You must hand in your deposit copies no later than six months after the doctoral graduation date (doctoral graduation date + 6 months). At the earliest, you may hand them in upon receipt of your provisional confirmation. This is sent out the day after the doctoral graduation date. You can check the offial dates for doctoral graduations in the academic calendar.
However, before you hand in your deposit copies to the Doctoral Administration Office, it is compulsory to upload an electronic version of your thesis to the Research Collection. Unlike with the printed version, in the interest of data security you may omit your CV from the electronic version.
If your thesis cannot be published in the Research Collection for copyright reasons (e. g. publisher publications), because of patent registrations or ongoing applications at research funding institutions upon request the thesis will not be made accessible online. However for alimited period of time. The abstract will be published in any case.
A request for a time-limited publication embargo of the full text of a thesis can be filed directly within the publication process of the Research Collection. The possible embargo periods are 12, 24 or 36 months.
Please note: Even in this case you are still obliged to upload your thesis for archiving in the Research Collection! To the effect of ETH Zurich's Open-Access Policy after this retention period all dissertations will be published in the E-Colletion.
It is worth considering some formal aspects before you start to write your doctoral thesis.
The doctoral thesis title page (PDF, 10 KB) must comply with the requirements of Appendix 2 of the Rector’s Implementation Provisions for the Regulations for Doctoral Studies (RSETHZ 340.311).
The doctoral thesis must include an abstract in one official Swiss language and in English, plus a CV. For data security reasons, the CV may be omitted from the electronic version.
Make sure your quotes and references are correct when using paragraphs, images, charts, etc. from other works, whether word-for-word or giving the gist of them. See also “Citation etiquette” – the information sheet on plagiarism (PDF, 67 KB)
For copyright reasons, paragraphs, images, charts, etc. from other works may only be used if the quotation serves as an explanation, a reference or illustration, and the extent of the quotation is justified for that purpose (Art. 251 Copyright Law). In all other cases you must obtain authorisation from the owner of the right of reproduction.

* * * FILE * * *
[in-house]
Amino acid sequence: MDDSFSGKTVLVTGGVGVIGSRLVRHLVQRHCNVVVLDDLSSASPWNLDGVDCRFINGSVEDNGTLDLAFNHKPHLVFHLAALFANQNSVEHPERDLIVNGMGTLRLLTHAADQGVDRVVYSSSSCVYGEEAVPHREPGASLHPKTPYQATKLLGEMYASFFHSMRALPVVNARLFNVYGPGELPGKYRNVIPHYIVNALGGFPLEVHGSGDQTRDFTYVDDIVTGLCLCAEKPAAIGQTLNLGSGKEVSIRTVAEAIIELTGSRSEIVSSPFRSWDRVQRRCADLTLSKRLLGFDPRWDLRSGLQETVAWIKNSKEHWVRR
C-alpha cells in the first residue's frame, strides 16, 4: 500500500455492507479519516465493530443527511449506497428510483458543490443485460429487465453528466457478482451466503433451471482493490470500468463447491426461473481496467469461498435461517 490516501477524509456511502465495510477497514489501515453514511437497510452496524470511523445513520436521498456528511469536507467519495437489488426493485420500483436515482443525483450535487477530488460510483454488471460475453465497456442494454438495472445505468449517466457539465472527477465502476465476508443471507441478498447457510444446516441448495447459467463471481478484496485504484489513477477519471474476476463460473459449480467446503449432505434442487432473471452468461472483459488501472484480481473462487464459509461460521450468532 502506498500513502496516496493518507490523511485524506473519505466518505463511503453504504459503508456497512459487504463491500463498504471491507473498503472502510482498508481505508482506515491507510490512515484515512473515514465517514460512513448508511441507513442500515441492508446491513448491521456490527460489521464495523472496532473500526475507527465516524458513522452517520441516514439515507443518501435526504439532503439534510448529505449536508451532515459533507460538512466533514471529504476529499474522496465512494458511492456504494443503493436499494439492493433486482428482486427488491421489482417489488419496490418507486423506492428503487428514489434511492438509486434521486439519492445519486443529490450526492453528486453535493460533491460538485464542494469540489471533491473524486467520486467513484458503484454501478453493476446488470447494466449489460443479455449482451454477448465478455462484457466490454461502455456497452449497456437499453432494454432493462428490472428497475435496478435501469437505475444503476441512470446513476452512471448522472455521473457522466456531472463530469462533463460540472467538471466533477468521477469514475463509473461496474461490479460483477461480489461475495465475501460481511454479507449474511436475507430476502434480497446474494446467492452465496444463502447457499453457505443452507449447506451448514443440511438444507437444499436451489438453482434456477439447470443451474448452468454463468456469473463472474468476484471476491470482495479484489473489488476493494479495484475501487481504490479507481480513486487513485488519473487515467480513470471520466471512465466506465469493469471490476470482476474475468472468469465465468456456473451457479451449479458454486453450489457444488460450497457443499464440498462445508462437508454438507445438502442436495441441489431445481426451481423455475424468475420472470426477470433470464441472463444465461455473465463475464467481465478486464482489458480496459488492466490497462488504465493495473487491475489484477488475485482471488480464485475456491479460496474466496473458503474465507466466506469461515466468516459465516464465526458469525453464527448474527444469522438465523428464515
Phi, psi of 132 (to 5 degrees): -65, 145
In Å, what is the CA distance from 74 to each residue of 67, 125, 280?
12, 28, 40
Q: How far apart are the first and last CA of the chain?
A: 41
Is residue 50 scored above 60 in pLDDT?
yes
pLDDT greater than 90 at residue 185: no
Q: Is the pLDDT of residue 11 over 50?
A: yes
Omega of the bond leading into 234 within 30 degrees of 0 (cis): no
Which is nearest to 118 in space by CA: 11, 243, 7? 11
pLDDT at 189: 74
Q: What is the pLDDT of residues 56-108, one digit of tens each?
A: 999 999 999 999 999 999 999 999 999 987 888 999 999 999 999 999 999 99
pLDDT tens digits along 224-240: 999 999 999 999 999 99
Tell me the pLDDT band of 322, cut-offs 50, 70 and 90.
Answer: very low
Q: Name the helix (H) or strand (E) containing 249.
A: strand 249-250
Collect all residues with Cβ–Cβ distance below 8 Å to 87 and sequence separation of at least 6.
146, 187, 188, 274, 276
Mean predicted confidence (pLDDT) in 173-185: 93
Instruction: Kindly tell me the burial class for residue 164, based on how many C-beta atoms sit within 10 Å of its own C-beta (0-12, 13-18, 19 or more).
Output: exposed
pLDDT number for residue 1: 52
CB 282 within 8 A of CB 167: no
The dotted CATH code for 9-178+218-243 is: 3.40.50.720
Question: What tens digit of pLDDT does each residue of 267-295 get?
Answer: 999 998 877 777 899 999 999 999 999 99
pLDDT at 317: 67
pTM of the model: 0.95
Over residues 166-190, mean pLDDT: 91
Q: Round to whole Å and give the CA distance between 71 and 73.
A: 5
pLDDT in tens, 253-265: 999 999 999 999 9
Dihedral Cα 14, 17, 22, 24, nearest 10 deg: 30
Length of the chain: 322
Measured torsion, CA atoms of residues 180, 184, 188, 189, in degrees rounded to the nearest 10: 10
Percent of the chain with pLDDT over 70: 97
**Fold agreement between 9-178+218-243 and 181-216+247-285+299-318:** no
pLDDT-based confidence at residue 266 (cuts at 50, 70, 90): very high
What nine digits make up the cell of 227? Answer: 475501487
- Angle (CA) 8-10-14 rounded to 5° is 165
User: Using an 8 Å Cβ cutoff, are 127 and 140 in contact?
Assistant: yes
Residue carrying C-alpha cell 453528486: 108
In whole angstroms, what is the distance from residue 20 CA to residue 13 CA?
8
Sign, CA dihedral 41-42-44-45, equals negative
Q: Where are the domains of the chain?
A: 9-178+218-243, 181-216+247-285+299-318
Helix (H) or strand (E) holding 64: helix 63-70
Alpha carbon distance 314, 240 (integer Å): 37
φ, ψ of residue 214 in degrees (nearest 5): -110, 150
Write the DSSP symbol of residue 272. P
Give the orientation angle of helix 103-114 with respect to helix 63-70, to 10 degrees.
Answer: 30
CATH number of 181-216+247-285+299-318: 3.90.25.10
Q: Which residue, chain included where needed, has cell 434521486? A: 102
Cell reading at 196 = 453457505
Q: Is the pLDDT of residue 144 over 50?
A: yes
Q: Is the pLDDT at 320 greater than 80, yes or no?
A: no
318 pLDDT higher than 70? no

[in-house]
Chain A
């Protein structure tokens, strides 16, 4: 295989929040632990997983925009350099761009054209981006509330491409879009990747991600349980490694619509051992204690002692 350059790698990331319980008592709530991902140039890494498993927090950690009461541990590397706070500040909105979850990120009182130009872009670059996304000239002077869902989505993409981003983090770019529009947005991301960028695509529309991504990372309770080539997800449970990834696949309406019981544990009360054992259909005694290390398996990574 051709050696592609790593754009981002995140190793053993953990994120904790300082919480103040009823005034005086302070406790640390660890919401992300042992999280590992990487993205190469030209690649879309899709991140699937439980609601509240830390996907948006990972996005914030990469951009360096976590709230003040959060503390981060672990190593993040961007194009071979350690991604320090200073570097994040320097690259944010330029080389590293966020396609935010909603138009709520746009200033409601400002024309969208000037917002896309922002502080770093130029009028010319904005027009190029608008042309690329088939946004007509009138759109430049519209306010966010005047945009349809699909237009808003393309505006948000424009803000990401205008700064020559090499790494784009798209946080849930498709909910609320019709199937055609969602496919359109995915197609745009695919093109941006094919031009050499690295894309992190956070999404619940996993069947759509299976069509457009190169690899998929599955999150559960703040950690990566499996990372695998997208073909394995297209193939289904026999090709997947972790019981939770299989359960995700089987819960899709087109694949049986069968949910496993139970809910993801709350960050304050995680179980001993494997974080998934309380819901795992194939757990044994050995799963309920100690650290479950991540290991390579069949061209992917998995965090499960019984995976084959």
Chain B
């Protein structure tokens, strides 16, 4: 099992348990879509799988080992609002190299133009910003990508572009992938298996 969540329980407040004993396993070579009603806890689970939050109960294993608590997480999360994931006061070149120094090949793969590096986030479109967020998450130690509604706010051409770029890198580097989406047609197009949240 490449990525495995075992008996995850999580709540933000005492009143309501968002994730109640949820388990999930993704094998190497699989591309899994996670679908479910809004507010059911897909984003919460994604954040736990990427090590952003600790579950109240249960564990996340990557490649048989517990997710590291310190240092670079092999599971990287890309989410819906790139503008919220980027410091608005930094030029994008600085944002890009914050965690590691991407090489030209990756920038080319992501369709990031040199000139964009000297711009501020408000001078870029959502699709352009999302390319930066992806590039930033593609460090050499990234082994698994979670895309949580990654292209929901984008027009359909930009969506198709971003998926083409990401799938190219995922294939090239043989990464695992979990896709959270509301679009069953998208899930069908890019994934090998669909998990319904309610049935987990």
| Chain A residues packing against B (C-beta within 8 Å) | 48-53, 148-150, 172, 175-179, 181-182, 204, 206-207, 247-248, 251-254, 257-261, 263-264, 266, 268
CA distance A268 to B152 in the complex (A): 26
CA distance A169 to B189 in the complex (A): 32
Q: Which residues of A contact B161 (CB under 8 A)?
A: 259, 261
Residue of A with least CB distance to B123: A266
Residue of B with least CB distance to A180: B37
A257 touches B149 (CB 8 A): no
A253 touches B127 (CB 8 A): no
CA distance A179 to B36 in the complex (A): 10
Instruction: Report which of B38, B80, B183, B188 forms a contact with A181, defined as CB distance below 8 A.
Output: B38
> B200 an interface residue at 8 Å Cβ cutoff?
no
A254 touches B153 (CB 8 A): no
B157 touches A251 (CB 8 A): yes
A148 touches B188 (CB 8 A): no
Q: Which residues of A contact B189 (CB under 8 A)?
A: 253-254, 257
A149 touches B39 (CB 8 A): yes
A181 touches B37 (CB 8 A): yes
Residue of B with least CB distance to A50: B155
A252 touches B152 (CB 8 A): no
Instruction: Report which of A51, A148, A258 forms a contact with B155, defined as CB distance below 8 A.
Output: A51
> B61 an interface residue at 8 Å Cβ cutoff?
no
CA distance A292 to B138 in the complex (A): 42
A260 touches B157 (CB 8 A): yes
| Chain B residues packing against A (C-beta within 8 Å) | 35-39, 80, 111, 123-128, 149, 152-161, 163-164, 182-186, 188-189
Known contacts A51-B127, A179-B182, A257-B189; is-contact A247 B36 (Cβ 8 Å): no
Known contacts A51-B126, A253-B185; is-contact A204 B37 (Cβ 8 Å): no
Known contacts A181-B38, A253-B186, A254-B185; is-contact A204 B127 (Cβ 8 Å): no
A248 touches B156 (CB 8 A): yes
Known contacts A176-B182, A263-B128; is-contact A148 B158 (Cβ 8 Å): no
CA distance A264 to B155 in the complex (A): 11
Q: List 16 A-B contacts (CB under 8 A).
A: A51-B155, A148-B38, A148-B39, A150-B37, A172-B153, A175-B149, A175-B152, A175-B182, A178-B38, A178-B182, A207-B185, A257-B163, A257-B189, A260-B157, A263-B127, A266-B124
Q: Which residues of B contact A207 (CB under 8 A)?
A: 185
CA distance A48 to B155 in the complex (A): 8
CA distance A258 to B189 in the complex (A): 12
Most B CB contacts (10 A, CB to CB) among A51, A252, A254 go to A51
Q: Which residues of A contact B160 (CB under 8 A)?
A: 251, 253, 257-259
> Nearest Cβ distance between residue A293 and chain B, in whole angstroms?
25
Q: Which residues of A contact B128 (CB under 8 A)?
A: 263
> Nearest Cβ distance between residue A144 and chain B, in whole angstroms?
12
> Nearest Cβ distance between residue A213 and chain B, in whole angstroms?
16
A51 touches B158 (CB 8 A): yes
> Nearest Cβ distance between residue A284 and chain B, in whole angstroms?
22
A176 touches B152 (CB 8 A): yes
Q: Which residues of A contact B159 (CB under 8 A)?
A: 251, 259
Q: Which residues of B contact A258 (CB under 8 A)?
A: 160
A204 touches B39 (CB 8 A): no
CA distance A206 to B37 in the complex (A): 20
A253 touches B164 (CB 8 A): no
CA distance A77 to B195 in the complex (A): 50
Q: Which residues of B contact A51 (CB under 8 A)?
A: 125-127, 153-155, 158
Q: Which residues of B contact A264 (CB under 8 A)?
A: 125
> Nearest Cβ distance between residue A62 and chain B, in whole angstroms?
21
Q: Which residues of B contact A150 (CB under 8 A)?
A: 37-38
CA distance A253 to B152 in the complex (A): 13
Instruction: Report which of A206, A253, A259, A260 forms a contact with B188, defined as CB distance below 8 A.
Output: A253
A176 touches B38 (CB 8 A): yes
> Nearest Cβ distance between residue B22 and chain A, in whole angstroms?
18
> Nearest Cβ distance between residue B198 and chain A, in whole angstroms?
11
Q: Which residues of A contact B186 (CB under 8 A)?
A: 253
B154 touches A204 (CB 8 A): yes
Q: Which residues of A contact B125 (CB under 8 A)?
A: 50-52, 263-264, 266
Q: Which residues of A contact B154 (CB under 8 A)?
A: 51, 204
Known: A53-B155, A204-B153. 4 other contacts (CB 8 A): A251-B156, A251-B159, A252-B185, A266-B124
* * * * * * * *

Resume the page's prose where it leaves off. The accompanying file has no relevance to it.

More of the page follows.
The title and content of the doctoral thesis may not be altered once they have been approved by the Department Conference. (Rector’s Implementation Provisions, section 11).
The copyright to a doctoral thesis belongs solely to the author/doctoral student (Art. 34 Regulations for Doctoral Studies ETH Zurich).
Once the electronic version of the doctoral thesis has been delivered, ETH Zurich has the right to make it available to the public and process it for archiving purposes, except in the case of a written declaration by the candidate stating otherwise (a waiver) or conflicting rights of third parties (Art. 34 para. 5 Regulations for Doctoral Studies ETH Zurich).
The author/doctoral student may transfer the right of use to his/her work to third parties in full or in part (e.g. to a publisher).
We advise against transferring your rights of use entirely. Instead, you are recommended to retain some limited contractually recorded rights yourself (e.g. the right to make and distribute copies, distribute the work electronically, etc.).
Cumulative doctoral thesis
A cumulative doctoral thesis incorporates articles which have already been published or submitted for publication (see Section 10 lit. b of the Rector’s Implementation Provisions for the Regulations for Doctoral Studies).
Before the doctoral thesis is printed, the author/doctoral student must clarify with the relevant publisher the options for reuse that have been granted and the terms. These form part of the publication contract and may also be found in the so-called Sherpa-Romeo list.
You are also recommended to check in advance if there are any other rights or contractual agreements involved (e.g. with the SNSF or other funding organisations).
In most cases, the pre-print version (original manuscript prior to review) may be used without any problems.
Articles may only be added to the doctoral thesis in the post-print version (reviewed original manuscript) if the copyright allows it.
Most publishers will not allow further use of the final version or the published article unless you pay compensation for the rights in question, as in the case of a special edition.
The publisher may require certain declarations to be made.
In the case of more than one author, all the co-authors must also agree to the further distribution.
When it comes to archiving doctoral theses, making them available to lend, and reusing either the printed or the electronic version, the ETH-Bibliothek requires the above points to be considered and clarified in advance (Publishing in the Research Collection).
If a doctoral thesis does not meet these requirements, there may be consequences for the author.
If electronic publication is not possible for copyright reasons, then the electronic version must still be submitted with a waiver excluding it from publication in the Research Collection.